• 1-3% of patients require hospitalization for complications.
• The predominant complications that lead to hospitalization are pain and hypotension.
• Minor complications include localized discomfort at the biopsy site, pain requiring analgesia,
and mild transient hypotension (due to vasovagal reaction).
• 1/4 of patients have RUQ pain or right shoulder pain following the biopsy – this is typically
dull, mild and brief. Ongoing, severe pain in the abdomen should alert the physician to the
possibility of a more serious complication:
Clinically significant intraperitoneal hemorrhage is the most serious bleeding complication.
• Typically becomes apparent in the 1st 2-3 hrs.
• May result from laceration caused by deep inspiration during the biopsy or may be related to
a penetrating injury of a branch of the hepatic artery or portal vein.
• If attempts to hemodynamically stabilize the patient with IV fluids and/or blood products
persist for a few hours, the use of aggressive resuscitative measures, angiography and
embolization or surgical exploration is indicated.
• Small intrahepatic or subcapsular hematomas may be noted after liver biopsy even in
• Large hematomas may cause pain associated with tachycardia, and hypotension.
• Conservative treatment is generally sufficient.
• The least common of the hemorrhagic complications is hemobilia, which usually presents
with the classic triad of GI bleeding, biliary pain, and jaundice approximately 5 days after the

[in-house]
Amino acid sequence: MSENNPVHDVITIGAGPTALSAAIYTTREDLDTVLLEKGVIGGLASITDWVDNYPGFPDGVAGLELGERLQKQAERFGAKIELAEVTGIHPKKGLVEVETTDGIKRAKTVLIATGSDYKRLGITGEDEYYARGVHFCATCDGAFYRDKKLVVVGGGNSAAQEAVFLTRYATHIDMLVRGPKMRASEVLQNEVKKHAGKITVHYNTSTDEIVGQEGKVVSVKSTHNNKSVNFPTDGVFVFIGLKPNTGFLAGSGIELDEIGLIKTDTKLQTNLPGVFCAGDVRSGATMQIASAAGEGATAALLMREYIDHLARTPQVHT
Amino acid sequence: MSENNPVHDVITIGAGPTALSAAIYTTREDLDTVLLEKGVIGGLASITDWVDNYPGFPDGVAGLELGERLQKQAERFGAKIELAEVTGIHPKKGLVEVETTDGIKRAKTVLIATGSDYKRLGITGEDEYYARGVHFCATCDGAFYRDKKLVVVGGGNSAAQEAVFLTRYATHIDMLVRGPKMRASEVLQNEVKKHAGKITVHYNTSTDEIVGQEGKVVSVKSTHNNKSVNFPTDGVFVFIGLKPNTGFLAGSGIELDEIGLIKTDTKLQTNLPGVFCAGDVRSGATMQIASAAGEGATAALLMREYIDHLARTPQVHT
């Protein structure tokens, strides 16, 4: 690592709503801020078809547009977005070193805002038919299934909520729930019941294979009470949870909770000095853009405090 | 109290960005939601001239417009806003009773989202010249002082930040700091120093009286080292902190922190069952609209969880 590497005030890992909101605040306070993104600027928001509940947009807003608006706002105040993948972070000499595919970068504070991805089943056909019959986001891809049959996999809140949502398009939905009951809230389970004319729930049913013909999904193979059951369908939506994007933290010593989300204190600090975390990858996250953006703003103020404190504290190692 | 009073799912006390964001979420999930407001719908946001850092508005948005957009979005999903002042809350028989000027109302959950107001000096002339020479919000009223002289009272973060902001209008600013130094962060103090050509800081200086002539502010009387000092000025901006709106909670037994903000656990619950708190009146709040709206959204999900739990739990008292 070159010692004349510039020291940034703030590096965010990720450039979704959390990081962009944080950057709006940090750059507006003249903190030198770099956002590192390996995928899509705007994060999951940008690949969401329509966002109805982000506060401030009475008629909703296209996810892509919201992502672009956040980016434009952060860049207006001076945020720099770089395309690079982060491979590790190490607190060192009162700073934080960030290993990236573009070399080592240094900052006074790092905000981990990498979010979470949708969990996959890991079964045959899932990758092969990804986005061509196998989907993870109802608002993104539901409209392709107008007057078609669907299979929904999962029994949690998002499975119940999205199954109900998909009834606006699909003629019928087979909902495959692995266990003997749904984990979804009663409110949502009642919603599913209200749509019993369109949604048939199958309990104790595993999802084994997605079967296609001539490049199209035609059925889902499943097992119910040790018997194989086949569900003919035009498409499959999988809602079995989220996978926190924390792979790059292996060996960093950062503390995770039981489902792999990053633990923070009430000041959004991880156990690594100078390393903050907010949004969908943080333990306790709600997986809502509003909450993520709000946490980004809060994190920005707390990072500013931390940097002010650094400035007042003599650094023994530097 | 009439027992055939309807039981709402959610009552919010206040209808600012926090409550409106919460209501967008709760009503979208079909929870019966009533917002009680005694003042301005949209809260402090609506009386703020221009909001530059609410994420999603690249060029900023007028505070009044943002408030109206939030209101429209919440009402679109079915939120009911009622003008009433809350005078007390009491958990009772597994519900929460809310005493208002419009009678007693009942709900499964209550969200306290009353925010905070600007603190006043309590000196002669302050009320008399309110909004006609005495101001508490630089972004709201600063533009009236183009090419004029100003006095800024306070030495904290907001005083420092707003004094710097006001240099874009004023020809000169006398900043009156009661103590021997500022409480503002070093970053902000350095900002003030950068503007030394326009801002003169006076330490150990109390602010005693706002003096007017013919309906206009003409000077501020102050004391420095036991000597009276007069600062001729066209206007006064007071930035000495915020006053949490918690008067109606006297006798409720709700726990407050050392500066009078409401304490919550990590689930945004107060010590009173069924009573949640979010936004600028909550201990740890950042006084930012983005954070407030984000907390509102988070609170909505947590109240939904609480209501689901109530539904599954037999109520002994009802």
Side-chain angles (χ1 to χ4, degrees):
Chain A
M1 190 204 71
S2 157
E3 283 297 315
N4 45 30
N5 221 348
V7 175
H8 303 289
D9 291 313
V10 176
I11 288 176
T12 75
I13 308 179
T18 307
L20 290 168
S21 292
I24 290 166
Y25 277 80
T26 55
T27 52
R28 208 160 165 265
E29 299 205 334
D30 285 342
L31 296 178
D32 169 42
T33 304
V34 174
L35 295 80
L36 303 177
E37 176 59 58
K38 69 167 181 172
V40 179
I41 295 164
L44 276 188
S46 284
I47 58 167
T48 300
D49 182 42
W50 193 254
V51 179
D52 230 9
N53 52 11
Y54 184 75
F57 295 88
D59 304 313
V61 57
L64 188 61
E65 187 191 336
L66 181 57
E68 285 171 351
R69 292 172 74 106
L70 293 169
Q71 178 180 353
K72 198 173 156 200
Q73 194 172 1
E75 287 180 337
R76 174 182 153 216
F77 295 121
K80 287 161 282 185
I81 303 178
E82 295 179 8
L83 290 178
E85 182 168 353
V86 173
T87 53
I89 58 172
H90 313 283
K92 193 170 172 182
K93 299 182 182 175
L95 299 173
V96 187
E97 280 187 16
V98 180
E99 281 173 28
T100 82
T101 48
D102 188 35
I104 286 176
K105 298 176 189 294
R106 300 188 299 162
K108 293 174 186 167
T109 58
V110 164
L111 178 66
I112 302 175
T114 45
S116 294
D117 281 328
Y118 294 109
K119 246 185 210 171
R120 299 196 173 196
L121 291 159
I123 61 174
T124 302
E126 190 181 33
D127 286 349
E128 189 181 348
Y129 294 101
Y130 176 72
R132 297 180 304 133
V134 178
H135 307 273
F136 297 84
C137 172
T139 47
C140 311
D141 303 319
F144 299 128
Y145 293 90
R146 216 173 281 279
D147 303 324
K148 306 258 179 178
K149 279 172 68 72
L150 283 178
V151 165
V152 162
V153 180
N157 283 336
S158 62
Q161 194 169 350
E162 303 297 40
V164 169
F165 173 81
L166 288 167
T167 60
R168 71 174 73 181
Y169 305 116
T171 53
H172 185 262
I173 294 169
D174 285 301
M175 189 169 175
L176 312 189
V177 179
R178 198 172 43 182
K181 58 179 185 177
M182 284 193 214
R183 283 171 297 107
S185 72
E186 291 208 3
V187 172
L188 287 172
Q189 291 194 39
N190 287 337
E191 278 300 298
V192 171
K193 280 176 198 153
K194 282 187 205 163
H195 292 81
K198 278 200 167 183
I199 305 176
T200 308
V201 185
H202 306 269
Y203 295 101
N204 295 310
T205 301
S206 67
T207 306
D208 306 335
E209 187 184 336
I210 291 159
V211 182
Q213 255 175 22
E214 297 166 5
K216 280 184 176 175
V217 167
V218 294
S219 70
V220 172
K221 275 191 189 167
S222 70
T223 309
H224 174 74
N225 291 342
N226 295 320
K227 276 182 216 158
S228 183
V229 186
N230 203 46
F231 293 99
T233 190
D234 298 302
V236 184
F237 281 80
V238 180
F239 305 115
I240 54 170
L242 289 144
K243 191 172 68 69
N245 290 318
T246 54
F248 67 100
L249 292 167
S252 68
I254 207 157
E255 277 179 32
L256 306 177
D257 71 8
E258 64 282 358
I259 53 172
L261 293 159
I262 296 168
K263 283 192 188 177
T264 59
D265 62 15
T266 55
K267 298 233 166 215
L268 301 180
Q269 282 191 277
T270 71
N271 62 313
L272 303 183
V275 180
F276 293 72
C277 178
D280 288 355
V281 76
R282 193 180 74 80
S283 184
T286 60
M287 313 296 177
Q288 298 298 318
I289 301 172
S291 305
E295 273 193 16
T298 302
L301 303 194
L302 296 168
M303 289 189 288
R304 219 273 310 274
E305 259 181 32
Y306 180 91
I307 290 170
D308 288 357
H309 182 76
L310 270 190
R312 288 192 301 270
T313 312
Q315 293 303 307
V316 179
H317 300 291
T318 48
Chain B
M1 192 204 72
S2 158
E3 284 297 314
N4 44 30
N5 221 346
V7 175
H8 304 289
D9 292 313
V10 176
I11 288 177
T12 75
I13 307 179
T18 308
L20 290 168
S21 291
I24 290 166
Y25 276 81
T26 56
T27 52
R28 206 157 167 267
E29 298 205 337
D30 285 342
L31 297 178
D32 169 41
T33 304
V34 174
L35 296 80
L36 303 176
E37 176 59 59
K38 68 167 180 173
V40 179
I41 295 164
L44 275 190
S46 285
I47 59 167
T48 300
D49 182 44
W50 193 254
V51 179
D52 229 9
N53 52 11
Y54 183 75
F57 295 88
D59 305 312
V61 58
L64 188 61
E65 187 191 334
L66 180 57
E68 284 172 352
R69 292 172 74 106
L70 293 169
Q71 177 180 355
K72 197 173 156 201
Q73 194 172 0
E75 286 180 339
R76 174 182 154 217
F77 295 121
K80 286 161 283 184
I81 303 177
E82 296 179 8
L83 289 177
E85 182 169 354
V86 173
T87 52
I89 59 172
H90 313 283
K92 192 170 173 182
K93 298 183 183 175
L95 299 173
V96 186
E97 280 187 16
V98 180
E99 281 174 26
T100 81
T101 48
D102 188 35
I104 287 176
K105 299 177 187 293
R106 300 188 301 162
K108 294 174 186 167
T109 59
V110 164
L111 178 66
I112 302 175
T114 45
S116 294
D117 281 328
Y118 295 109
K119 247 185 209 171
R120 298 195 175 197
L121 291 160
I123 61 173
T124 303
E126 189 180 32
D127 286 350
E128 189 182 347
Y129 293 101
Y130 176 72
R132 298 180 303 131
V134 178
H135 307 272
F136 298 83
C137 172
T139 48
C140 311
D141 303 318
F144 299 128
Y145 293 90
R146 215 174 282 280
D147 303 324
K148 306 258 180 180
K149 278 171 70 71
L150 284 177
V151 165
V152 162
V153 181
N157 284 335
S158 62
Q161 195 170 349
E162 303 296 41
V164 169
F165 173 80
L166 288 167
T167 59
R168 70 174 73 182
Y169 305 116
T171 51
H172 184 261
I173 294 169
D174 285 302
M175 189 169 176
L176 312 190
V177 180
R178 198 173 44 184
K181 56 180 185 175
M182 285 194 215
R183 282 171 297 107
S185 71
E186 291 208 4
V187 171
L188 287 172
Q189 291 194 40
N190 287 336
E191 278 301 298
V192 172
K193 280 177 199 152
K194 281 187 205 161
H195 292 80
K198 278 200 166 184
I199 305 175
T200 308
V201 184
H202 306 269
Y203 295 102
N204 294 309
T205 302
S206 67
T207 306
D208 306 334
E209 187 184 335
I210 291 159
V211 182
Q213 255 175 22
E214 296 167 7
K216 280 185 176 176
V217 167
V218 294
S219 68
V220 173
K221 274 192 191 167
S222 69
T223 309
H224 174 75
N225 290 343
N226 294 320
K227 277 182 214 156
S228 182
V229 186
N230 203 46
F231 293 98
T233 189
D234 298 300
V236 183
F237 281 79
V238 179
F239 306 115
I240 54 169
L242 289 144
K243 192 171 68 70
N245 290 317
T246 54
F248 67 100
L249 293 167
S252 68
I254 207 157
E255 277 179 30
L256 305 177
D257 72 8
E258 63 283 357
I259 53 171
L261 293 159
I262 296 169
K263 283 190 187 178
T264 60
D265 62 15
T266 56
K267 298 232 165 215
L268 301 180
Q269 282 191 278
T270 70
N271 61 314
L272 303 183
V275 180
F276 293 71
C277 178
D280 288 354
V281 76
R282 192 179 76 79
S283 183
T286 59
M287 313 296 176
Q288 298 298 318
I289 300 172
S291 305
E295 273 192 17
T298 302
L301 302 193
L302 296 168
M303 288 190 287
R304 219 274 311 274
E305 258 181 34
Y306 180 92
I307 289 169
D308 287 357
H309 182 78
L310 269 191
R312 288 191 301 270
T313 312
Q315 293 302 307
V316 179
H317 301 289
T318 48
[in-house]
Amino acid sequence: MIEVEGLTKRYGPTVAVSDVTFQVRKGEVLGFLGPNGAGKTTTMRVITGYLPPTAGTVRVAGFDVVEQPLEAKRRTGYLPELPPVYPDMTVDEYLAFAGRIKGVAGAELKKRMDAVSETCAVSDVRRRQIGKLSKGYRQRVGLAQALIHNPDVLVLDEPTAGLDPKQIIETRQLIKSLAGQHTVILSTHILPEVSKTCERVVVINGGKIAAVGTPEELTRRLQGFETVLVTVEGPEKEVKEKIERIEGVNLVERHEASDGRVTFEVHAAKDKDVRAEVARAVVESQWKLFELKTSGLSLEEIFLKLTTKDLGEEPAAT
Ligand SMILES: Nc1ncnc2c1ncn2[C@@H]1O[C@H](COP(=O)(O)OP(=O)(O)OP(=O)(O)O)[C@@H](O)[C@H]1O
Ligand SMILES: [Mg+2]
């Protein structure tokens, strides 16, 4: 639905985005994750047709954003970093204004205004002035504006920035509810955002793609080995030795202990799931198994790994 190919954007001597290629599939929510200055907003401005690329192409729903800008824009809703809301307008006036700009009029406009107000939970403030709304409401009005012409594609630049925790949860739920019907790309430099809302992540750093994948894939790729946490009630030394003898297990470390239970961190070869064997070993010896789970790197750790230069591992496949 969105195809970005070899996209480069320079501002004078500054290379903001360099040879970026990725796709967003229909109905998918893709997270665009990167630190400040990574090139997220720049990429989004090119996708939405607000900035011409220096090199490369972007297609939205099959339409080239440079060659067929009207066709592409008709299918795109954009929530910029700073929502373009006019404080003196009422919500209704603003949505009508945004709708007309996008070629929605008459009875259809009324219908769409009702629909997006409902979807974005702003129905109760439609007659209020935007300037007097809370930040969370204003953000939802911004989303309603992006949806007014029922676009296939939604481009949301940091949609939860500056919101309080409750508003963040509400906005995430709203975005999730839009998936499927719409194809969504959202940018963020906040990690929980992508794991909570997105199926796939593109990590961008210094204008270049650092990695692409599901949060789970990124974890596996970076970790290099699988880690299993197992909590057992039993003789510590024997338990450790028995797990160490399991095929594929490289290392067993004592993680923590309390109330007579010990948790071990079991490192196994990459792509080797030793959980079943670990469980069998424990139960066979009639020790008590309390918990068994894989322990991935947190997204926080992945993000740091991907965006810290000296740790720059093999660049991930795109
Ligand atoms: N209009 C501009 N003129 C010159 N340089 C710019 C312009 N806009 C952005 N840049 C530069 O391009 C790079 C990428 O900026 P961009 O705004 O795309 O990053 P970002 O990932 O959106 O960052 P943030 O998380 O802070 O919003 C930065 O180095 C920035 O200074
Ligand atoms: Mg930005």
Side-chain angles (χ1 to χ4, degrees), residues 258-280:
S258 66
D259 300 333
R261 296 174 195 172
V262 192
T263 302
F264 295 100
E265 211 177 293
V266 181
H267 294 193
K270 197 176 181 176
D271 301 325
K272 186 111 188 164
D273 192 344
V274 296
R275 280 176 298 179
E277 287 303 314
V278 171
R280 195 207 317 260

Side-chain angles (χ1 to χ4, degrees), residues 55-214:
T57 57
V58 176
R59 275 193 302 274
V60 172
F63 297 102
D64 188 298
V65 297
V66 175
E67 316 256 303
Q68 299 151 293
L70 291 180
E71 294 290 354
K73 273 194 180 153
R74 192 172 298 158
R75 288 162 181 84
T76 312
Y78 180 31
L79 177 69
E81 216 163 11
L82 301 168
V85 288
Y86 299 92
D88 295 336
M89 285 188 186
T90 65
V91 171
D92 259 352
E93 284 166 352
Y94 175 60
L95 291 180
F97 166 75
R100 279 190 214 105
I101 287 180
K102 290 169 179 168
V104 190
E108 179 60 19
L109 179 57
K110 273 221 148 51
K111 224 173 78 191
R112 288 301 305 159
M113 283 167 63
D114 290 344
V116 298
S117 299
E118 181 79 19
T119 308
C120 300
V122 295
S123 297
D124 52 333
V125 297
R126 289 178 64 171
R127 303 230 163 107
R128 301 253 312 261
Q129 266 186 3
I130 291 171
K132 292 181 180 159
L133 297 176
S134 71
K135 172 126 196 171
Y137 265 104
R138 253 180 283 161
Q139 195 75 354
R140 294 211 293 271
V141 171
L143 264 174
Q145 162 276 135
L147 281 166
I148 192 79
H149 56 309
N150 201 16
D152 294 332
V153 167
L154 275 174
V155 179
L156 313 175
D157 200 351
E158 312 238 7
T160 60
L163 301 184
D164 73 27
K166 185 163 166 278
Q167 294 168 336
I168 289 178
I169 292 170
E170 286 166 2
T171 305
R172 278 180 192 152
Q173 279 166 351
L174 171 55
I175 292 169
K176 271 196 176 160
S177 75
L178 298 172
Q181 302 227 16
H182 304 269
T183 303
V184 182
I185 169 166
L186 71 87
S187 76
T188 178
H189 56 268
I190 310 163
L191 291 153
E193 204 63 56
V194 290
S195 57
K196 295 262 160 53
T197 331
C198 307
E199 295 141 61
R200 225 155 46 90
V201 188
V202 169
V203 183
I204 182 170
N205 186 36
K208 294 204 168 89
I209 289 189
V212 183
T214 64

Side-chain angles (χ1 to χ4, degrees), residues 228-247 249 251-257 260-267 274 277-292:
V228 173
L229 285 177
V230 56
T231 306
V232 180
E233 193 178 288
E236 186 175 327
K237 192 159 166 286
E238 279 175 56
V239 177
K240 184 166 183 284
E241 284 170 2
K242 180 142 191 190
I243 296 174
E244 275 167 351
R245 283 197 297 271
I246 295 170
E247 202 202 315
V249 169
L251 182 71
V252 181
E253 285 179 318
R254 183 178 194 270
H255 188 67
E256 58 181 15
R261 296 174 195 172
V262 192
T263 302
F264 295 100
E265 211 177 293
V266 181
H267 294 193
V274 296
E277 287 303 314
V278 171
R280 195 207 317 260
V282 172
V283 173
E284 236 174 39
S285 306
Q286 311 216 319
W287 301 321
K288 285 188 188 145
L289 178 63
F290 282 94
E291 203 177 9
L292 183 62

Other rare complications:
• Biliary ascites
• Bile pleuritis
• Bile peritonitis
• Subphrenic abscess
• Carcinoid crisis
• Anaphylaxis after biopsy of an echinococcal cysts
• Pancreatitis due to hemobilia
• Breakage of the biopsy needle
The mortality rate following percutaneous liver biopsy in approximately 1/10,000.
Transjugular Liver Biopsy:
• In transjugular liver biopsy the liver tissue is obtained from within the vascular system,
which minimizes the risk of bleeding.
• The duration of the procedure is 30 to 60 minutes.
• EKG monitoring is required during the procedure to detect dysrhythmias induced by passage
of the catheter through the heart.
Indication for transjugular liver biopsy include:
• Severe coagulopathy
• Massive ascites
• Massive obesity
• Suspected vascular tumor
• Need for ancillary vascular procedures (eg, transjugular intrahepatic portosystemic shunting)
• Failure of percutaneous liver biopsy
The complication rate is between 1.3 % and 20.2 %.
• Complications include: abdominal pain, neck hematoma, transient Horner’s Syndrome,
transient dysphonia, cardiac dysrhythmias, pneumothorax, formation of a fistula from the
hepatic artery to the protal vein or the biliary tree, perforation of the capsule and death.
Laparoscopic Liver Biopsy:
• Staging of cancer
• Ascites of unclear cause
• Peritoneal infections
• Evaluation of an abdominal mass
• Unexplained HSM
• Severe cardiopulmonary failure
• Intestinal obstruction
• Bacterial peritonitis
• Uncooperative patient
• Severe coagulopathy
• Morbid obesity
• Large ventral hernia
Complications include perforation of a viscus, bleeding, hemobilia, laceration of the spleen,
leakage of ascitic fluid, hematoma in the abdominal wall, vasovagal reaction, prolonged
abdominal pain and seizures.
Fine Needle Aspiration Biopsy: Patients with a history of cancer and liver lesions are good
candidates for FNA biopsy. Cytologic findings that are negative for cancer do not rule it out.
FNA biopsy is generally a very safe procedure, even in patients with hemangiomas and
Bravo, AA, Sunil GS, Chopra S. Liver biopsy. NEJM 344(7), 2001.
Gabriel D. Brown, M.D.
June 2, 2003